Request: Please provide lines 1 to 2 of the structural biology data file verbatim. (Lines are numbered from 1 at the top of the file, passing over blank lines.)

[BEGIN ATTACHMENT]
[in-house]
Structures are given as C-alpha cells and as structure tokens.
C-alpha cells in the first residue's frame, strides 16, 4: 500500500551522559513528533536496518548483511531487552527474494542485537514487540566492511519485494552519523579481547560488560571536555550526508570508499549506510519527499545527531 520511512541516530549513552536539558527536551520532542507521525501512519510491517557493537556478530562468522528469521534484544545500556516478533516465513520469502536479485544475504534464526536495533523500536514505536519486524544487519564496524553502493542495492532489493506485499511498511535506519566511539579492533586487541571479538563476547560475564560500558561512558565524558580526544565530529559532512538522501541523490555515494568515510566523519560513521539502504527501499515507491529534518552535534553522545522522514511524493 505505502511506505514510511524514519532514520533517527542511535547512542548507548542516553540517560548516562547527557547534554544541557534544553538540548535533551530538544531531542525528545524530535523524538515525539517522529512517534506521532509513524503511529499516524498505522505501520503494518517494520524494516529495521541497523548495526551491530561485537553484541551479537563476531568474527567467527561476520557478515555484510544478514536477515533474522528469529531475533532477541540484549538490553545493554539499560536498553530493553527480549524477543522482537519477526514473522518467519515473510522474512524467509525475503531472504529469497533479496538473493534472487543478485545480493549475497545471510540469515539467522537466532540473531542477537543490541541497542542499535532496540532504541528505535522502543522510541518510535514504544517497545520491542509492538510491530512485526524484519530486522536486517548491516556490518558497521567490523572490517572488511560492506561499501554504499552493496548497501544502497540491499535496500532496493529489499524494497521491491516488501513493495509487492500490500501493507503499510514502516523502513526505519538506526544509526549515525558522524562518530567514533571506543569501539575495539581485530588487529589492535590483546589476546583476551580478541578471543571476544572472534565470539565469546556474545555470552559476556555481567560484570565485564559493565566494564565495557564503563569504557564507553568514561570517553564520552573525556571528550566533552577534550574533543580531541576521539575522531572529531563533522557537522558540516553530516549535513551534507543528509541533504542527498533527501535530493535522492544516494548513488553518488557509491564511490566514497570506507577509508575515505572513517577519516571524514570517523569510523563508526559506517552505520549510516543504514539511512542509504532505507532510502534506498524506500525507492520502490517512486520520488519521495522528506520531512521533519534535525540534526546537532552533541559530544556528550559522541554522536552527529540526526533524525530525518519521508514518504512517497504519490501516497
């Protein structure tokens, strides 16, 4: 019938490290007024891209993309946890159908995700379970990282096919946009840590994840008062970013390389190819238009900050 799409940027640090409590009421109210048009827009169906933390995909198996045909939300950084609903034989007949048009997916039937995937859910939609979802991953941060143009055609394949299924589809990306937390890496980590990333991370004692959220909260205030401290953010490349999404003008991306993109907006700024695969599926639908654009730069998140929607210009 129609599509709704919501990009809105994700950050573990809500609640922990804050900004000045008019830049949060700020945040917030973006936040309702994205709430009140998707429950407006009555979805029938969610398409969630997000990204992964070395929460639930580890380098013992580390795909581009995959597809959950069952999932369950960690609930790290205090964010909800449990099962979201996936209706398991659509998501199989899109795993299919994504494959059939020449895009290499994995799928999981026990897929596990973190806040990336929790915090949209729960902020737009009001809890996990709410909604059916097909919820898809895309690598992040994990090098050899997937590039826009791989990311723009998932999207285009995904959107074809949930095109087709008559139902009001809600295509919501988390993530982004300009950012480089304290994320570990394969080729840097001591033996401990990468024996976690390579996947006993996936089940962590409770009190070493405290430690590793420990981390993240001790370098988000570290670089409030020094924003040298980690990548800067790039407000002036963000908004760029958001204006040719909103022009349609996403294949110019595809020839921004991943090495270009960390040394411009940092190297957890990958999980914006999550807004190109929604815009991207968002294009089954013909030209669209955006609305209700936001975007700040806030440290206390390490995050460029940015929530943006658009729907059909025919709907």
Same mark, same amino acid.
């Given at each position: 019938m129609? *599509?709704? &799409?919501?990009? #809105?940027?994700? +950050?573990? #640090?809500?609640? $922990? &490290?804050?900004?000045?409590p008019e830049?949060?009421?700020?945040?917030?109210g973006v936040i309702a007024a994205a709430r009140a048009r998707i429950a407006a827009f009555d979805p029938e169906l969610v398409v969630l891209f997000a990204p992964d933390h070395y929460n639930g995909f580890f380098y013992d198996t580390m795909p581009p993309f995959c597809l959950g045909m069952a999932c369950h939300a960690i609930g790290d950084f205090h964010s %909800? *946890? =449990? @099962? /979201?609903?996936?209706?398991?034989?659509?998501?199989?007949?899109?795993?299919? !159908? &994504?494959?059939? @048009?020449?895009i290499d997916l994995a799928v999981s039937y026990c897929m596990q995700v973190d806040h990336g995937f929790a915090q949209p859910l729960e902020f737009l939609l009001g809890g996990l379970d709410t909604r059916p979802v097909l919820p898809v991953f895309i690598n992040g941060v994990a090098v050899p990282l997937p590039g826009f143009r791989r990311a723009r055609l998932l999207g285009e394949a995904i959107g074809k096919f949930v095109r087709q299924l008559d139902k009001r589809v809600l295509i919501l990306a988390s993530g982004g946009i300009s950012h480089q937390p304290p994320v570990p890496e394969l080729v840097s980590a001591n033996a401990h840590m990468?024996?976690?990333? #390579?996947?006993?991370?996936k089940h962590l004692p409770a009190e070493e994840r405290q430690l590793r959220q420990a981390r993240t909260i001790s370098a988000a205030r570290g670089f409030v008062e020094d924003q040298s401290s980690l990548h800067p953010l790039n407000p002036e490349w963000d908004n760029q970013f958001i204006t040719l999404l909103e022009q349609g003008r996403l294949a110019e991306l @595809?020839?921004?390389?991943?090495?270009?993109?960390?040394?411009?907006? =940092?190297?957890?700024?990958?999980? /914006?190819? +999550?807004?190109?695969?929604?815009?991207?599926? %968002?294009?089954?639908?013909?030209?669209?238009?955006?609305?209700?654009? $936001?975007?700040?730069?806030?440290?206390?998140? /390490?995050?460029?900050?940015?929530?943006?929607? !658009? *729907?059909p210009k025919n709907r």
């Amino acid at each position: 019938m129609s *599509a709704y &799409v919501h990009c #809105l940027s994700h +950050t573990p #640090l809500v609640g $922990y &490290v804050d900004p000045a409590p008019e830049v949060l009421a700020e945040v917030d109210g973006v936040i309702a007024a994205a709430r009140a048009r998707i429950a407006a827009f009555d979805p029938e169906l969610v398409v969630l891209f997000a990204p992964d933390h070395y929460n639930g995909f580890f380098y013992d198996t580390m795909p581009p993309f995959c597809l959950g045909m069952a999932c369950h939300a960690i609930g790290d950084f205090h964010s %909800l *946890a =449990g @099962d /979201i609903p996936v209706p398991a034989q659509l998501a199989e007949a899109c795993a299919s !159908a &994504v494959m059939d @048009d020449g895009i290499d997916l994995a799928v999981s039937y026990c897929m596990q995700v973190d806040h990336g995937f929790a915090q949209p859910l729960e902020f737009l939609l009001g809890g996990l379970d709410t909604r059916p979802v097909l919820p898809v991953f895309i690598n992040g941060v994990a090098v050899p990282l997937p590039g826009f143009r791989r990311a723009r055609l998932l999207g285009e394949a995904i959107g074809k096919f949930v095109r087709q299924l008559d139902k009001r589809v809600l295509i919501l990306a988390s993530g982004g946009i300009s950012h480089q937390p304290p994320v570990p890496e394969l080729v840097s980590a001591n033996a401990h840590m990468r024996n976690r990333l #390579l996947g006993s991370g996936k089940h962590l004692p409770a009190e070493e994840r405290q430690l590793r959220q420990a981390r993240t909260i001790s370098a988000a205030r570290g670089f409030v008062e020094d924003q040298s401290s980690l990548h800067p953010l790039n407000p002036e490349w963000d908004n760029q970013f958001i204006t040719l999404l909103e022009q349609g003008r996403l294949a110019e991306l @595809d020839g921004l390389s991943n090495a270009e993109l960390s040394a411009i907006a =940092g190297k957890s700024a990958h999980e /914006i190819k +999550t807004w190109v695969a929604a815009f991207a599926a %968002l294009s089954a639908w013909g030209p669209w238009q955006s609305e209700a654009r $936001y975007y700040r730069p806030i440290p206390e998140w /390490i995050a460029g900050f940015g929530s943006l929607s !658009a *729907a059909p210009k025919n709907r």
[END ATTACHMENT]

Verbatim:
[in-house]
Structures are given as C-alpha cells and as structure tokens.